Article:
Despite Dr. Drucker’s methodical style, and despite the generosity of the privately funded foundation, she’s had trouble getting enough money to keep up with the high price of research. She wrote to Mars Corporation, makers of M & M candies, but the company never wrote back.
But Dr. Drucker isn’t frustrated by the lack of funding. Perhaps she inherited something from her heroine, Emma Goldman (the one Dr. Drucker likes to dress up as).
“I went to her house in the Village not long ago,” Dr. Drucker said. “And, just to myself, because I don’t know if she was there, I said, ‘Emma, is it O.K. that I’m re-creating you?’ And I felt that it was O.K. But I don’t know if she really answered. It’s not scientific; it’s just subjective.”
Feel the Burn
It was 3:35 p.m. at Pumping Iron gym on East 91st Street one recent afternoon, and Steven Daniels, a 39-year-old day trader, was five minutes late for his exercise class. He was about to pay for it.
As Mr. Daniels walked in, the class stopped jumping rope and Dave Tebidor, the 39-year-old ex-Marine who runs the class, commanded Mr. Daniels to drop and give him 50 push-ups. Mr. Daniels began doing the push-ups while Mr. Tebidor dressed him down.
“What time is practice, Steve?”
“3:30!” Mr. Daniels replied.
“What time is practice, Steve?”
“What time is practice, Steve?”
“3:30!” Mr. Daniels said as his breath gave out on the 49th push-up.
It was just another day at “Dave T’s Team Training Practice,” a workout program patterned on those of professional athletic teams, where the classes are “practices,” newcomers are “rookies” and the expression “no pain, no gain” is given new meaning.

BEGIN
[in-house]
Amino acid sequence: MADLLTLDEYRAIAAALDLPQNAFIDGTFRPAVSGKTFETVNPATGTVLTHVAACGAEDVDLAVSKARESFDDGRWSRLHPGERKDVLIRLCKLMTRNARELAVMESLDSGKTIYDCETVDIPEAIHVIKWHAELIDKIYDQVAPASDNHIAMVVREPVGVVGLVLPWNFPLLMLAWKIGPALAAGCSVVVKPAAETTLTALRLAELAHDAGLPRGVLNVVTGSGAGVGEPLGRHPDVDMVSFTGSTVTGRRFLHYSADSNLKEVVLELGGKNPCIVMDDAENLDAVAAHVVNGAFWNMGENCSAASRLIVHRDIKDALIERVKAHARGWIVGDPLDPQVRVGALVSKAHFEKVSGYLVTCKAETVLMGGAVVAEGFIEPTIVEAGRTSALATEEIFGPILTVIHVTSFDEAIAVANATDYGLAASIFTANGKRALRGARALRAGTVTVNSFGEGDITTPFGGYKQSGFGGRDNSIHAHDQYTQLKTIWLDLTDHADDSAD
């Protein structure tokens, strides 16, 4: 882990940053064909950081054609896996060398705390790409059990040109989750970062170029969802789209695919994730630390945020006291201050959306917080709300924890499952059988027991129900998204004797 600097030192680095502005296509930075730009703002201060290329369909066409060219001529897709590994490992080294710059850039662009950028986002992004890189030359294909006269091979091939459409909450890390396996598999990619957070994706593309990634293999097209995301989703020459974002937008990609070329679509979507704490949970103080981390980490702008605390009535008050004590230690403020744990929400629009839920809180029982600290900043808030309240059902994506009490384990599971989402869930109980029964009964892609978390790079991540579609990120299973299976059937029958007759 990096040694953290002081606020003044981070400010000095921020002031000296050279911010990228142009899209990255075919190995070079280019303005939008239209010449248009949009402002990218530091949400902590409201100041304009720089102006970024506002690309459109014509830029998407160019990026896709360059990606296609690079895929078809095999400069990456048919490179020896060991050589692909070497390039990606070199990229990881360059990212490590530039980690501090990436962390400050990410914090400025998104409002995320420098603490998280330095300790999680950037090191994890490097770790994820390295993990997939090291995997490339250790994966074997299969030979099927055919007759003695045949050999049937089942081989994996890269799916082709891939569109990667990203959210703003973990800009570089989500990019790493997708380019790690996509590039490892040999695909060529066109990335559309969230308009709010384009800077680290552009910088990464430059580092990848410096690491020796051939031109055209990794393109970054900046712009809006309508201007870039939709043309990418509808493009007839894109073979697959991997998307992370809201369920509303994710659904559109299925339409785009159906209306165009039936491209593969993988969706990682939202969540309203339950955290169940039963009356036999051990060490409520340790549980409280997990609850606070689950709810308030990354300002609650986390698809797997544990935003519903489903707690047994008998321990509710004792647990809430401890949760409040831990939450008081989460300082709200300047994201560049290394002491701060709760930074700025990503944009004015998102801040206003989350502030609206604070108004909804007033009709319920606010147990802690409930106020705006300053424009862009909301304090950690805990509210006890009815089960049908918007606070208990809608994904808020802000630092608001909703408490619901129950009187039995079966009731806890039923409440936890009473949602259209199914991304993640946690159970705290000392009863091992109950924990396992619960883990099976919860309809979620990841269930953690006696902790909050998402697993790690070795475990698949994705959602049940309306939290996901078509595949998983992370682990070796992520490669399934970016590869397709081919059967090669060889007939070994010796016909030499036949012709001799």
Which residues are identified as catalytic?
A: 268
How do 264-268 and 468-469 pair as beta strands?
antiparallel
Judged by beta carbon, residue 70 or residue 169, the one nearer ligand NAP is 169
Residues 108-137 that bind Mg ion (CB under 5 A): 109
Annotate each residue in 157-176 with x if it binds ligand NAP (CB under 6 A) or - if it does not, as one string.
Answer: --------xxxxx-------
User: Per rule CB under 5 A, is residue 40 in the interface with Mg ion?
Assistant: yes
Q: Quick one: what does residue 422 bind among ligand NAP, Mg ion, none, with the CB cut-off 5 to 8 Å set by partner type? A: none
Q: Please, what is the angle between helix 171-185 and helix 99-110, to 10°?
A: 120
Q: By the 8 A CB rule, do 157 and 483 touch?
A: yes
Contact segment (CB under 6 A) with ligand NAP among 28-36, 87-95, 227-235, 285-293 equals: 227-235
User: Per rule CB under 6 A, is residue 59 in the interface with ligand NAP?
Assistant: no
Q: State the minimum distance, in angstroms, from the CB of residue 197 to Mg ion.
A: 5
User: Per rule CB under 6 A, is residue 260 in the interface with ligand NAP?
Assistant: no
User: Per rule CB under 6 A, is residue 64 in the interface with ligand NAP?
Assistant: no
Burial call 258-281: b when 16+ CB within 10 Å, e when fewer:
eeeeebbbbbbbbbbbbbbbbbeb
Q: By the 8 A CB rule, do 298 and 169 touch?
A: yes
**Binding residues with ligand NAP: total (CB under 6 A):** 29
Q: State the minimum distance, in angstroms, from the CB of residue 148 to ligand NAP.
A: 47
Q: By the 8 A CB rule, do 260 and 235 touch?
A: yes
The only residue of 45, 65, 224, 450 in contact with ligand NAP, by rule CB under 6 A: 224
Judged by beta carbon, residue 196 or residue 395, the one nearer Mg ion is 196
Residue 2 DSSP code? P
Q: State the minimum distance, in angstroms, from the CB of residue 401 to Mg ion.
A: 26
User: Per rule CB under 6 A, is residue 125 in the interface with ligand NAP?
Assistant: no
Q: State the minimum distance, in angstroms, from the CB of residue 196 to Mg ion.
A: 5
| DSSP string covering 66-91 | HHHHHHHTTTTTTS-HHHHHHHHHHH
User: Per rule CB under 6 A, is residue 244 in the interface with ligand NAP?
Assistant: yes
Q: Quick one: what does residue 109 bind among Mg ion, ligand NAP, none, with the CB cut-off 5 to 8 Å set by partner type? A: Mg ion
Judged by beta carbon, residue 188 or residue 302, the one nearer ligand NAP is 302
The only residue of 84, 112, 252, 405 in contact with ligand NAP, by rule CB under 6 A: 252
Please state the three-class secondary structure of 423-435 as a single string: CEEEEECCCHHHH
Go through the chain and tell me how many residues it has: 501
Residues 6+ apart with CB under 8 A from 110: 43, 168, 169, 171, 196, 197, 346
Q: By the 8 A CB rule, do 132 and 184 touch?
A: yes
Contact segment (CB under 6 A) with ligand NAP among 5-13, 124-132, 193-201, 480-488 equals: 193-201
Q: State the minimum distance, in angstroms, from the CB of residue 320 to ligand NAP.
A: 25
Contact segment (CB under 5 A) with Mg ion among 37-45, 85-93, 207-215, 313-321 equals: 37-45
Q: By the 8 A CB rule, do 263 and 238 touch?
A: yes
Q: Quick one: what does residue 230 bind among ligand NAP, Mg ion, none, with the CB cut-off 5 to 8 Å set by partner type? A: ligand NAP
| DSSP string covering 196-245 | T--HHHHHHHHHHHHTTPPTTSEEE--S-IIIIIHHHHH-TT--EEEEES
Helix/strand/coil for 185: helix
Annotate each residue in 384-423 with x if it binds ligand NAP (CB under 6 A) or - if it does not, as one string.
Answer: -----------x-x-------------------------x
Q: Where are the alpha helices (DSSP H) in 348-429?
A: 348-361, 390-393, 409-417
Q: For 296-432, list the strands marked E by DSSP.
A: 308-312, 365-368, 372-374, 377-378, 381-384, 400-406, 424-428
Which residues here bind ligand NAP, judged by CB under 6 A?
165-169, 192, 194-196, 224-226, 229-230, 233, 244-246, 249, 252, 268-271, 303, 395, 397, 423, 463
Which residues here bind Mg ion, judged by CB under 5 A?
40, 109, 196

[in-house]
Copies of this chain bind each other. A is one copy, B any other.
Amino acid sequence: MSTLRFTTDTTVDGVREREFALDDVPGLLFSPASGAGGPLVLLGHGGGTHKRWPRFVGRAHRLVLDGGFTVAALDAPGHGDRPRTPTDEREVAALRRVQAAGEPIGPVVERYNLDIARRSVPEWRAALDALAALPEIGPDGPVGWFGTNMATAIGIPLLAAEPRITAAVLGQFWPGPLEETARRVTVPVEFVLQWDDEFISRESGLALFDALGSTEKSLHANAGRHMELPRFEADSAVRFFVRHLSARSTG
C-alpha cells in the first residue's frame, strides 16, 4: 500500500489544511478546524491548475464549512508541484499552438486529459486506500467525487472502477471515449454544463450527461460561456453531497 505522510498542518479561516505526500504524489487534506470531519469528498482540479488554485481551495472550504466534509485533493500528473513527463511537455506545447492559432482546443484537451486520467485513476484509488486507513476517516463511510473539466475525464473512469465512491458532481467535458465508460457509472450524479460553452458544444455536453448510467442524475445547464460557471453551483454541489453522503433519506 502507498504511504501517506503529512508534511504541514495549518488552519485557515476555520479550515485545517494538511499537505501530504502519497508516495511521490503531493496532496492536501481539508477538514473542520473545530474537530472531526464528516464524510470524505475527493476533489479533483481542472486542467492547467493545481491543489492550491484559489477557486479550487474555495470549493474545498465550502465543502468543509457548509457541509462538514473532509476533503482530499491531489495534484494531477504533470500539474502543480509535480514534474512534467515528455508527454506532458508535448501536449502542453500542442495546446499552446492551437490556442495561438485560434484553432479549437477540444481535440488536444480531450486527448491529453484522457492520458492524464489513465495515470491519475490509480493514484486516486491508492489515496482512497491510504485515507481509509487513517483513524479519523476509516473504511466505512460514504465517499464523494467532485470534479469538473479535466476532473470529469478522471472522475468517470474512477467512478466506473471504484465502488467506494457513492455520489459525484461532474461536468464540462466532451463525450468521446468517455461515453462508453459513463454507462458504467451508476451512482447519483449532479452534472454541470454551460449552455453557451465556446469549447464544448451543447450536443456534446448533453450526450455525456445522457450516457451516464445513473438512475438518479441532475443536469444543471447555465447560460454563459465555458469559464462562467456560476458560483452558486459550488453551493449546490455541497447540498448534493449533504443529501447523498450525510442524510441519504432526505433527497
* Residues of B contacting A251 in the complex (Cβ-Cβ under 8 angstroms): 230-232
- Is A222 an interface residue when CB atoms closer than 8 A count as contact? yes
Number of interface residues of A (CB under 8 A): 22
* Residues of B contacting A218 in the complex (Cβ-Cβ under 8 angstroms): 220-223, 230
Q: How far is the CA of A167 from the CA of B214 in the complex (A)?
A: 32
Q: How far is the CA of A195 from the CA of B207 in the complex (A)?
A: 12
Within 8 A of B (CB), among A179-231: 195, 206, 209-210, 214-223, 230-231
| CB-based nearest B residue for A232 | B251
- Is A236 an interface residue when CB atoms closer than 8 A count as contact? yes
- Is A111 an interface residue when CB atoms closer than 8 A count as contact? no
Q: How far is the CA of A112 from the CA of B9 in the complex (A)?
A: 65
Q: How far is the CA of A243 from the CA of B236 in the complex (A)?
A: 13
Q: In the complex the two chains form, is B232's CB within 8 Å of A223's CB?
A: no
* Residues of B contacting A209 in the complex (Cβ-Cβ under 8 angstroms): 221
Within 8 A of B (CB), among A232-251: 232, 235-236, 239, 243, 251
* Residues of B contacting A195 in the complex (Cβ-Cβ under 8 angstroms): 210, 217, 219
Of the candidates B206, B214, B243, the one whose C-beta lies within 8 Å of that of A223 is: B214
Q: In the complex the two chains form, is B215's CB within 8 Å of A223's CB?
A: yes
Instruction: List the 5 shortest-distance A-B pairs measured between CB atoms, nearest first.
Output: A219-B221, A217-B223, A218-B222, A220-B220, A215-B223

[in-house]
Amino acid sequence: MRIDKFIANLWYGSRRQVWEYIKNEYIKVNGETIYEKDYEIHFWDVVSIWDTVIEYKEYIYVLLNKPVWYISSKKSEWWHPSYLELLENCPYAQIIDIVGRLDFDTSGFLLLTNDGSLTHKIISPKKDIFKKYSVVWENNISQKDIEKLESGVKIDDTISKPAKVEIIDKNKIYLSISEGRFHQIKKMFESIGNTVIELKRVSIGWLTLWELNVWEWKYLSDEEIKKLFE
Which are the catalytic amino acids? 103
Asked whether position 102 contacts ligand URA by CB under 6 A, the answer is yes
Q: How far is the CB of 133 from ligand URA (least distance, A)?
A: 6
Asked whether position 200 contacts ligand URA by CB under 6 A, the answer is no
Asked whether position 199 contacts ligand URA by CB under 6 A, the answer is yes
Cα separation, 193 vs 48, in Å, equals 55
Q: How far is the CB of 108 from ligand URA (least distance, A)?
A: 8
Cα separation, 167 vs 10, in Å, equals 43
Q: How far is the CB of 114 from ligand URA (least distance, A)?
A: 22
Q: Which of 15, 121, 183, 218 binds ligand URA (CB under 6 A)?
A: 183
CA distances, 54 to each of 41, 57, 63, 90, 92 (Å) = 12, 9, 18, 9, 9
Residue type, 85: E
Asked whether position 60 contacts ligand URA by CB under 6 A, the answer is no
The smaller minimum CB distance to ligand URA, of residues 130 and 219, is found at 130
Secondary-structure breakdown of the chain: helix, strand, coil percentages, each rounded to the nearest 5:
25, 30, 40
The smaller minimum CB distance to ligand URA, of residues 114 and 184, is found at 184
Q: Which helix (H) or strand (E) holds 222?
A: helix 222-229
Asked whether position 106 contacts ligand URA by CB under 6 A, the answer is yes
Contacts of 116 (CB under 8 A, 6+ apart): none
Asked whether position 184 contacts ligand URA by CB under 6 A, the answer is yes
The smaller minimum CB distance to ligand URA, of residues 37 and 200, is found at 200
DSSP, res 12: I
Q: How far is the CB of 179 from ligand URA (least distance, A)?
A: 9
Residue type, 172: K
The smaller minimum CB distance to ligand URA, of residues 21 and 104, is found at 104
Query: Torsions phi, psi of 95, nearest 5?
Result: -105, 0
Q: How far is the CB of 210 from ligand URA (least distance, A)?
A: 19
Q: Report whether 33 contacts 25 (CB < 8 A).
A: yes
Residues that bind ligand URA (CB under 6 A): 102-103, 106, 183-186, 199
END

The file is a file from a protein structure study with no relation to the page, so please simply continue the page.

But if you’re planning to attend “Dave T’s Team Training Practice,” plan to bring $20 for the hour-and-15-minute class. And a strong stomach.
Edgar Padilla, a 23-year-old paralegal at Brock Silverstein, said that the first time he came to Team Training, he ran out of the gym to throw up. Twice. He came back both times and completed his workout.
Despite the rocky start, Mr. Padilla still likes the class. “It’s definitely worth it,” he said. “I looked great afterwards. I was in top form. I could see differences.”
Mr. Padilla wasn’t the only one to retch after one of Mr. Tebidor’s intense workouts.
“Right now the men are outnumbering the women in the throw-up category,” Mr. Tebidor said after class. “In six years of Team Training, we’re up to 14 men and zero women. Fourteen men have left practice to do their duty in the men’s room. For some reason, women can hold pain and handle themselves under pressure more than men. Women want it more.”
Word of Mr. Tebidor’s extreme training spread through word-of-mouth, much as in Fight Club. The workouts consist of push-ups (lots of ’em), jumping rope and sit-ups.
“Team Training isn’t for everyone,” he said. “We’ve had professional athletes in here; we’ve had Olympians in here. We’ve had doctors and lawyers and moms, professional people, and successful people who know what it takes to be successful.”
For all his bombast, Mr. Tebidor thinks that New Yorkers are basically healthy.
“I don’t think people in New York City realize how big Manhattan is,” he said. “Just trying to keep up with New York City, you’re getting your cardiovascular work.”
But at the same time, he worries about appearance-conscious New Yorkers who think that yogurt with fruit on the bottom is a two-course meal. “I wish that people would understand about eating a little more and putting more intensity into their training,” he said. “If people would put their motivation and discipline into their workouts, and not into figuring out what to eat or not to eat, we’d all be happy like me and my students in Team Training Practice.”